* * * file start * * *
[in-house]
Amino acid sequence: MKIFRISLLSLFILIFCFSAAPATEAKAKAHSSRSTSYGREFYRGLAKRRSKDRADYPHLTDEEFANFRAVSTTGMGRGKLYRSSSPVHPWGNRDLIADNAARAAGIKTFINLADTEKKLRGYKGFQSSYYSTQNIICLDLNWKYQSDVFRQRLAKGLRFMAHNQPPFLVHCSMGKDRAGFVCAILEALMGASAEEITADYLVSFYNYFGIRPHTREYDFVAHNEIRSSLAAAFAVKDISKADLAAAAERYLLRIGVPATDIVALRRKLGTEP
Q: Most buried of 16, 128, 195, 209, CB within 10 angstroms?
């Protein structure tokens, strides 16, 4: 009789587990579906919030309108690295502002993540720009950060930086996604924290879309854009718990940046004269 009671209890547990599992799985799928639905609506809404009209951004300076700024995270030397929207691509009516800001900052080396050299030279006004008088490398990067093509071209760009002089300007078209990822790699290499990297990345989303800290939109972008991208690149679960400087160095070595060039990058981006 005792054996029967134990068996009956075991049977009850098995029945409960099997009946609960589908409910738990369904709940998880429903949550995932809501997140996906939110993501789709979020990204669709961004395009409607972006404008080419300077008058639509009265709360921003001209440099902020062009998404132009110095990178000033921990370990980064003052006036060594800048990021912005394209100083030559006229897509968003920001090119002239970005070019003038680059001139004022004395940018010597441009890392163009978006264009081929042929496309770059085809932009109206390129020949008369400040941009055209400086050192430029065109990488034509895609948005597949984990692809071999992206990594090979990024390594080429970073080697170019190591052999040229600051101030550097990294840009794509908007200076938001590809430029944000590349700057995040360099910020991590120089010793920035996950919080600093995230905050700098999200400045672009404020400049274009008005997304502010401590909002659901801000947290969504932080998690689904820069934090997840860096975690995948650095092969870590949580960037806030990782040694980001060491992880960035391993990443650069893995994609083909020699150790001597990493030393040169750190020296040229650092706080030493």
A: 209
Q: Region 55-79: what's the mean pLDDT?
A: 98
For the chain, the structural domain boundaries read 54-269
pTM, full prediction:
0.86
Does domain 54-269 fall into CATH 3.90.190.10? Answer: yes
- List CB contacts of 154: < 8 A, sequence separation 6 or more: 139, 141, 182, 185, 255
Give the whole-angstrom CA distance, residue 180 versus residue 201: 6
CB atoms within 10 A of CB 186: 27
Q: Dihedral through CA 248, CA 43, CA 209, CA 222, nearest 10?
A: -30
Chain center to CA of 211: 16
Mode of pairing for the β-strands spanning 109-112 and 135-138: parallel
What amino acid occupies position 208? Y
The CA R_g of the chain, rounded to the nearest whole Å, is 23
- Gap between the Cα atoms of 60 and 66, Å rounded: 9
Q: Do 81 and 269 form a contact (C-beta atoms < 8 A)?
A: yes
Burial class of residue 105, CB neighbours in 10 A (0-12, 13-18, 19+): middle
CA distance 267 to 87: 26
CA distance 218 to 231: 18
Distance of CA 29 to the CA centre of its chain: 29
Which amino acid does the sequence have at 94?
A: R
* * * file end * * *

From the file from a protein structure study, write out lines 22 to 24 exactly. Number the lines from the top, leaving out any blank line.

Q: Do 81 and 269 form a contact (C-beta atoms < 8 A)?
A: yes
Burial class of residue 105, CB neighbours in 10 A (0-12, 13-18, 19+): middle